I ask Halka what challenges she anticipates with the new bike plan, and she talks about the potentially difficult conversations around giving bikes room on Houston’s roads. Lanes presently dedicated to motorized vehicle traffic will have to go away to make space for new, wider and safer bike lanes. Perhaps most contentious of all, some parking may disappear downtown and on neighborhood streets where new bike lanes are installed. Halka describes an effort in Sugar Land to “right-size” a key corridor from four lanes to two and install wide bike lanes. She was excited about the plan, but the community objected. And she had to put the community’s wishes first.

“Ultimately, that is who you are planning for,” she says. Community engagement, listening to the community, she says, is the most important thing.

I mention that, in the wake of David Rosenfeld’s death, I reached out to BikeHouston Director Michael Payne. He told me there’s a growing sense of frustration about the pace of change. People who ride bikes in Houston want to know what can be done right now to address the lack of significant cycling infrastructure and the recklessness of inattentive and irresponsible motorists. In other major cities, such as New York and Chicago, forceful leaders have made fast and profound changes to their transportation networks. New York’s transportation commissioner, Janette Sadik-Khan, eschewed prolonged planning studies in favor of experimenting with paint and pylons, pouring concrete if the experiments proved successful. Chicago Mayor Rahm Emanuel spearheaded construction of 100 miles of new high-quality bike lanes in his first four years in office.

Halka tells me that the planning department, in collaboration with a consulting firm, is preparing an existing-facilities report, due in mid-August. She says the report will identify immediate safety concerns and recommend pilot projects to correct the problems.

There’s also Mayor Parker’s Goal Zero initiative, the goal of which is to reduce traffic fatalities to zero. But it’s unclear whether that’s a mere for-show promise or a sincere commitment. Two years after Chelsea Norman’s death, the Houston Police Department had issued fewer than a dozen citations to drivers for violating the city’s safe-passing ordinance. A “Share the Road” public service announcement has received a little more than 2,000 views on YouTube. Payne notes that in New York City, a similar safety campaign resulted in a reduction of speed limits to 25 miles per hour citywide, and a 40 percent increase in the number of speeding tickets issued in the initiative’s first three months.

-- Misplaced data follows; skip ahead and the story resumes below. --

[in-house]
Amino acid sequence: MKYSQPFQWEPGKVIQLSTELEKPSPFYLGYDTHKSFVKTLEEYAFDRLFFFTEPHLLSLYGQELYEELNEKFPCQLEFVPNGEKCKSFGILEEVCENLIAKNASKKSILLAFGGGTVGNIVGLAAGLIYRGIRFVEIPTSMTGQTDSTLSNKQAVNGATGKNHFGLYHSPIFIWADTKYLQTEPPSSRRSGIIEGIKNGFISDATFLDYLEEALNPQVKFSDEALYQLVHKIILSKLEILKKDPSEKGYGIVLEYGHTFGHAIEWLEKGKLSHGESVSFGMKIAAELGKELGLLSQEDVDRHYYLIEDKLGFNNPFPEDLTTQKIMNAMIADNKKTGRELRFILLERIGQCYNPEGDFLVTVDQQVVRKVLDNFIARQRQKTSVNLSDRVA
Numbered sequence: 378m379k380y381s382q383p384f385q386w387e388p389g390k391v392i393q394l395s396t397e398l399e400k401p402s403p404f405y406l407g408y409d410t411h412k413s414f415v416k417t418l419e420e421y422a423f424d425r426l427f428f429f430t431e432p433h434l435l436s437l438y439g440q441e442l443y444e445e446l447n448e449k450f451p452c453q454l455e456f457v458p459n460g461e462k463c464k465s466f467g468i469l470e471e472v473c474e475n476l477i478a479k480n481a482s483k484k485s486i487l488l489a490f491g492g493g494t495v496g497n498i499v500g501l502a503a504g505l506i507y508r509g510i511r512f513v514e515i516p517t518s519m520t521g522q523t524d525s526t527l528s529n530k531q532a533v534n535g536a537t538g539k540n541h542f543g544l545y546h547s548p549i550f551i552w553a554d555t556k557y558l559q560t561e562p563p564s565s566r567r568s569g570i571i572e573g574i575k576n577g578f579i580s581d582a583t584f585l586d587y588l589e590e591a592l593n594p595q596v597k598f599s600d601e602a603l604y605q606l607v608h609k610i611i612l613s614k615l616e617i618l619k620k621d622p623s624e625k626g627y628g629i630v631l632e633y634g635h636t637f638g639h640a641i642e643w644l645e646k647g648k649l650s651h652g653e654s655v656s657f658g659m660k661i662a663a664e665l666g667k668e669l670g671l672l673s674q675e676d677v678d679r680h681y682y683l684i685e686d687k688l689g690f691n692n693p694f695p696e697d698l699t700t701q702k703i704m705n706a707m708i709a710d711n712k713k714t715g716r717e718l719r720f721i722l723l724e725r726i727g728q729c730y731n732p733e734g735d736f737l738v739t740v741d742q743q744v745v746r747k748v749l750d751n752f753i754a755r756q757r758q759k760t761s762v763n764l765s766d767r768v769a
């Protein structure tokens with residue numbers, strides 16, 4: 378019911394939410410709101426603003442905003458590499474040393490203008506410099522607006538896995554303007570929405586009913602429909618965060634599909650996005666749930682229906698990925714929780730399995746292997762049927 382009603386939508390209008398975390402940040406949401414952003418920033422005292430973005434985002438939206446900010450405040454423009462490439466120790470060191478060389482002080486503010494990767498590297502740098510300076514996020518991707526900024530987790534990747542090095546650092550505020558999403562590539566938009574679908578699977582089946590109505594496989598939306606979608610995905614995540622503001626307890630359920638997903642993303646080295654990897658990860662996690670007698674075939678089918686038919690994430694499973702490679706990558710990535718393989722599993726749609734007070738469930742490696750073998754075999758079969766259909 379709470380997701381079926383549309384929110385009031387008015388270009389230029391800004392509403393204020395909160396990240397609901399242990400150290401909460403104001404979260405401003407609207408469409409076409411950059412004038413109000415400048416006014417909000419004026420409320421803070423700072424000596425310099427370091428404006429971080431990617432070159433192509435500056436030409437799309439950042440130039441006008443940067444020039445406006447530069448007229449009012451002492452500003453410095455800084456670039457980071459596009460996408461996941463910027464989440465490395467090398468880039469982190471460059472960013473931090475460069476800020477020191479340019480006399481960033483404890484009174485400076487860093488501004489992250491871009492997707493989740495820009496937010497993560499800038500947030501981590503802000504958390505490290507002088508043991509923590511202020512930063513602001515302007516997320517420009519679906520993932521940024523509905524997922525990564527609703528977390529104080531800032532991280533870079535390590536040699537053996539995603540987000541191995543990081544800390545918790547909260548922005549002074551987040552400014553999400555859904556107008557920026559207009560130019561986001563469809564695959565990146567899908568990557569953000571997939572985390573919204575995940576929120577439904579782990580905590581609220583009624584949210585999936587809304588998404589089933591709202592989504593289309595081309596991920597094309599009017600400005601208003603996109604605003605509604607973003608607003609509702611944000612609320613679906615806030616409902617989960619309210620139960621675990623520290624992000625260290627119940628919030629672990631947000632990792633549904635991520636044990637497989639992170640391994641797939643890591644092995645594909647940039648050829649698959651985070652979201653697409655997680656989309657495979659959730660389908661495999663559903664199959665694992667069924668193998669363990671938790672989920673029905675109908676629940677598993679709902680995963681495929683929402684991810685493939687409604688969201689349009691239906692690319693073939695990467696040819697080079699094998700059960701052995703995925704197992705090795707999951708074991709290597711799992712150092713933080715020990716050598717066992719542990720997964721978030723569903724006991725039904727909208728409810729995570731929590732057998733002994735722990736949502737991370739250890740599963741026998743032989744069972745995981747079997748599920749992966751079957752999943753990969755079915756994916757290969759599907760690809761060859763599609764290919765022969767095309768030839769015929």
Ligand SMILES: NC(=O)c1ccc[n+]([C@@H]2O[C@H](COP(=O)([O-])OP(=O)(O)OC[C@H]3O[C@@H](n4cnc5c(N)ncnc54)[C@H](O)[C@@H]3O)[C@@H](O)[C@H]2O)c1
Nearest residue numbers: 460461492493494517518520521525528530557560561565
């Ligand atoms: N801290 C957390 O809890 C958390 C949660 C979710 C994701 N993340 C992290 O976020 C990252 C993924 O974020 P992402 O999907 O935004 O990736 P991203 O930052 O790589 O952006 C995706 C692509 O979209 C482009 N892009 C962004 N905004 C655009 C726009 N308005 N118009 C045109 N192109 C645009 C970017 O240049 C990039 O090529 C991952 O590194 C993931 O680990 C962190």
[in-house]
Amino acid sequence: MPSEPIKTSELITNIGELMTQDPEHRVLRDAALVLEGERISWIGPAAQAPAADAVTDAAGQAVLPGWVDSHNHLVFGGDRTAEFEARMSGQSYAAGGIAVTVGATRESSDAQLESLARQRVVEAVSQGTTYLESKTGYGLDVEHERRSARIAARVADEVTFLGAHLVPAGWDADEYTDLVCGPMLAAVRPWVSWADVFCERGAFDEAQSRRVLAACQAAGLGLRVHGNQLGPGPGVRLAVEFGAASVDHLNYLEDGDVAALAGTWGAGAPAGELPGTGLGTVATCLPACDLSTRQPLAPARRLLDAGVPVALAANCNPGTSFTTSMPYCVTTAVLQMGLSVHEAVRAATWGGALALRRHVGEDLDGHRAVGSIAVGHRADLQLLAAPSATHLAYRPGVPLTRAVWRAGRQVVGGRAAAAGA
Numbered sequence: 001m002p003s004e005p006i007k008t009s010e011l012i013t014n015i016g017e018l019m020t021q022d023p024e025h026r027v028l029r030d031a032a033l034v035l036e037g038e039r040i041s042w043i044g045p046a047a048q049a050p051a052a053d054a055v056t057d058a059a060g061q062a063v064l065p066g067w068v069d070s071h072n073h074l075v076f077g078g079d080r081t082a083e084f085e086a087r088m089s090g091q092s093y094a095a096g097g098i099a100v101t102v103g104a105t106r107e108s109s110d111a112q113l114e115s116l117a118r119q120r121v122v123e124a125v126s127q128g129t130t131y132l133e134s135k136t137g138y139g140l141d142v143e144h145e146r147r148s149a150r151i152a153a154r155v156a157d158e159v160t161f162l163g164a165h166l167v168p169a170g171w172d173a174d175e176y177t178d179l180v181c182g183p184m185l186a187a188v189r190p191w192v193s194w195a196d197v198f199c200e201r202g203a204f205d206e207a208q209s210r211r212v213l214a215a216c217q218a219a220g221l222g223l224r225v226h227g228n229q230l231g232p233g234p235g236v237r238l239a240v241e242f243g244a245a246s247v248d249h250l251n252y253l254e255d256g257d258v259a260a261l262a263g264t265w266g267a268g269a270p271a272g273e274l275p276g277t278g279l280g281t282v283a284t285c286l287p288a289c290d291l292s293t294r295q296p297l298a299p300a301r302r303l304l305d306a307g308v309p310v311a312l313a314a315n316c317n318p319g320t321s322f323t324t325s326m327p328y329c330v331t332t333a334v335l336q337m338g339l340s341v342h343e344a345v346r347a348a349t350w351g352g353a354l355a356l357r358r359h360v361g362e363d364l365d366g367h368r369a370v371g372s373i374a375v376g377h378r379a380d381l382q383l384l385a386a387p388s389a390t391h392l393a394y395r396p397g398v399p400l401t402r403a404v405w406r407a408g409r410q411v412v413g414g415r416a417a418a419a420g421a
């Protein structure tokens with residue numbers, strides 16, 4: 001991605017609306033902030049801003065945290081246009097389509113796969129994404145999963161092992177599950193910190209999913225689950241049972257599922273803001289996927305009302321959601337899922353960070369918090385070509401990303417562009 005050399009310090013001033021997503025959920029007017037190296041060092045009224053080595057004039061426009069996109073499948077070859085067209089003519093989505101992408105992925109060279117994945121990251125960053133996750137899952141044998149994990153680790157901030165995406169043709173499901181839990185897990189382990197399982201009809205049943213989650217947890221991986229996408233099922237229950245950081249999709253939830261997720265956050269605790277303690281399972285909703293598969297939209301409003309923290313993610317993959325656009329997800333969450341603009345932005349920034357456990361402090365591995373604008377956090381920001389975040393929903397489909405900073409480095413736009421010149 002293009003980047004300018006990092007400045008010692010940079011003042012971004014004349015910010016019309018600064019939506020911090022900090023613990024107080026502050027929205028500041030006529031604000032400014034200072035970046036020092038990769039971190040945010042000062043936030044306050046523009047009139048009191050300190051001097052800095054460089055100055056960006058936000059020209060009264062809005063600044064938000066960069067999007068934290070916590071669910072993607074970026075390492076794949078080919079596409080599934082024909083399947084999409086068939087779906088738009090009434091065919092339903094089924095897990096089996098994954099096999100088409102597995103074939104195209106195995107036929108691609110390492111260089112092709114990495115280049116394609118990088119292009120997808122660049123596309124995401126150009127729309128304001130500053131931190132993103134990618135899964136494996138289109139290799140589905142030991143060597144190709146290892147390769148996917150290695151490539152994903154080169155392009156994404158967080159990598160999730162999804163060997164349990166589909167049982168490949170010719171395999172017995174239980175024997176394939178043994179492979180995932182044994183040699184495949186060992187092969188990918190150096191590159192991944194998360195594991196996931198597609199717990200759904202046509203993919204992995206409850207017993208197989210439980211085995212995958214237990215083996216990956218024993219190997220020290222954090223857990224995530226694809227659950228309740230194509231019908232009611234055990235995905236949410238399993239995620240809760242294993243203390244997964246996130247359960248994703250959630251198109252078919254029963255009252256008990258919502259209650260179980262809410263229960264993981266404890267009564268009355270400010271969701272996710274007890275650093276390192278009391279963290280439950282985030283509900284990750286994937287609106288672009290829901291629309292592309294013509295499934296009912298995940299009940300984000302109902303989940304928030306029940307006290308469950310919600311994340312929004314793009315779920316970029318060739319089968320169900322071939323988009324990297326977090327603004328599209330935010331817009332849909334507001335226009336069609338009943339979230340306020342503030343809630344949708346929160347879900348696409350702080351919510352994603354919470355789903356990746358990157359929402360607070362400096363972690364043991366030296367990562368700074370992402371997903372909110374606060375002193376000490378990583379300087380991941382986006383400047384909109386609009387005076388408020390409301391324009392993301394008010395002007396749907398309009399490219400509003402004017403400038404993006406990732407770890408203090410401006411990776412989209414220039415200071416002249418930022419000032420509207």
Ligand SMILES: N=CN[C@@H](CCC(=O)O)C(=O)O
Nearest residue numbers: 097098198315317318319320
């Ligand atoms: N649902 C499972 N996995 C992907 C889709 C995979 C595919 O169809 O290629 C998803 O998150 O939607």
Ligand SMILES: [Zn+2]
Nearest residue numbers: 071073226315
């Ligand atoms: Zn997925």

As Halka and I talk, it occurs to me that she is one of those young, talented and educated workers that Houston so eagerly seeks. She obviously loves her city, she came back to it, and she’s working hard to make it a place where she wants to live. If she can’t do that, if she can’t one day ride her daughter to school, or safely make it from her neighborhood to the nearest park by bike, I wonder, will she stay?

As we finish our conversation and move toward the museum’s exit, a woman with long gray hair and a long, beaded necklace greets us. Her name is Joy Boone, and she spent years collecting the historical bicycles on display here. Almost 50 years ago, she and her husband, Daniel Boone, opened Daniel Boone Bicycles, located just around the corner, and for years it has been a hub for Houston’s cycling community.

Joy tells Cathy about how, decades ago, the Houston cycling community first convinced the city to stripe all those narrow and debris-filled bike lanes that everyone thinks are so crappy now, and how at the time it felt like a huge victory, like a better city for cycling was just around the corner. Joy says that she hasn’t really ridden in decades, and that now she sees kids in the Montrose neighborhood riding on the sidewalks, and she doesn’t understand why. They should be more confident and ride in the road, where vehicles belong, she says. Cathy agrees that bicyclists absolutely have a right to the road. She says that better cycling infrastructure will give novices some room for comfort around cars and, hopefully, the confidence to get out on the road.

Then Cathy writes her name and phone number on a piece of paper. She hands it to Joy and looks her in the eye. “I want to hear from you,” she says. “If you have any questions, comments or concerns about the future of cycling in Houston, please, call me.”